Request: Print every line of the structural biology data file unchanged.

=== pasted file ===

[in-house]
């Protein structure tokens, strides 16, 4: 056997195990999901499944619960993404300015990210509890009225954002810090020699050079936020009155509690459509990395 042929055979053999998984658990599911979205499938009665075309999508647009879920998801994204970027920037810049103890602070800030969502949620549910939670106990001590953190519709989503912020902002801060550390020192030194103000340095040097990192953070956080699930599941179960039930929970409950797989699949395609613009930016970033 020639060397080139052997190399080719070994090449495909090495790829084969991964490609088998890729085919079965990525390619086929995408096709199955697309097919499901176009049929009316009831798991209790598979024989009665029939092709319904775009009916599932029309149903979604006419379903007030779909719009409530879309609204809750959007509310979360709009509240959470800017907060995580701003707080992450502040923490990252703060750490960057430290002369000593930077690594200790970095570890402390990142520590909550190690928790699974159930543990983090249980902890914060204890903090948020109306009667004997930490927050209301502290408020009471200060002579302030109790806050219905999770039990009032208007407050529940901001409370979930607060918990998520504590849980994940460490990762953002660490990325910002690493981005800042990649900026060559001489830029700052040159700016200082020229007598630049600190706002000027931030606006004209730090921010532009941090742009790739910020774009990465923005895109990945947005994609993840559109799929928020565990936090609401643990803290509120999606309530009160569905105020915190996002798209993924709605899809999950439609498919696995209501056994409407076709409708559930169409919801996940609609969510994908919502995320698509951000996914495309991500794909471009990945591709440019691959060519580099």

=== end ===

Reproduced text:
[in-house]
């Protein structure tokens, strides 16, 4: 056997195990999901499944619960993404300015990210509890009225954002810090020699050079936020009155509690459509990395 042929055979053999998984658990599911979205499938009665075309999508647009879920998801994204970027920037810049103890602070800030969502949620549910939670106990001590953190519709989503912020902002801060550390020192030194103000340095040097990192953070956080699930599941179960039930929970409950797989699949395609613009930016970033 020639060397080139052997190399080719070994090449495909090495790829084969991964490609088998890729085919079965990525390619086929995408096709199955697309097919499901176009049929009316009831798991209790598979024989009665029939092709319904775009009916599932029309149903979604006419379903007030779909719009409530879309609204809750959007509310979360709009509240959470800017907060995580701003707080992450502040923490990252703060750490960057430290002369000593930077690594200790970095570890402390990142520590909550190690928790699974159930543990983090249980902890914060204890903090948020109306009667004997930490927050209301502290408020009471200060002579302030109790806050219905999770039990009032208007407050529940901001409370979930607060918990998520504590849980994940460490990762953002660490990325910002690493981005800042990649900026060559001489830029700052040159700016200082020229007598630049600190706002000027931030606006004209730090921010532009941090742009790739910020774009990465923005895109990945947005994609993840559109799929928020565990936090609401643990803290509120999606309530009160569905105020915190996002798209993924709605899809999950439609498919696995209501056994409407076709409708559930169409919801996940609609969510994908919502995320698509951000996914495309991500794909471009990945591709440019691959060519580099």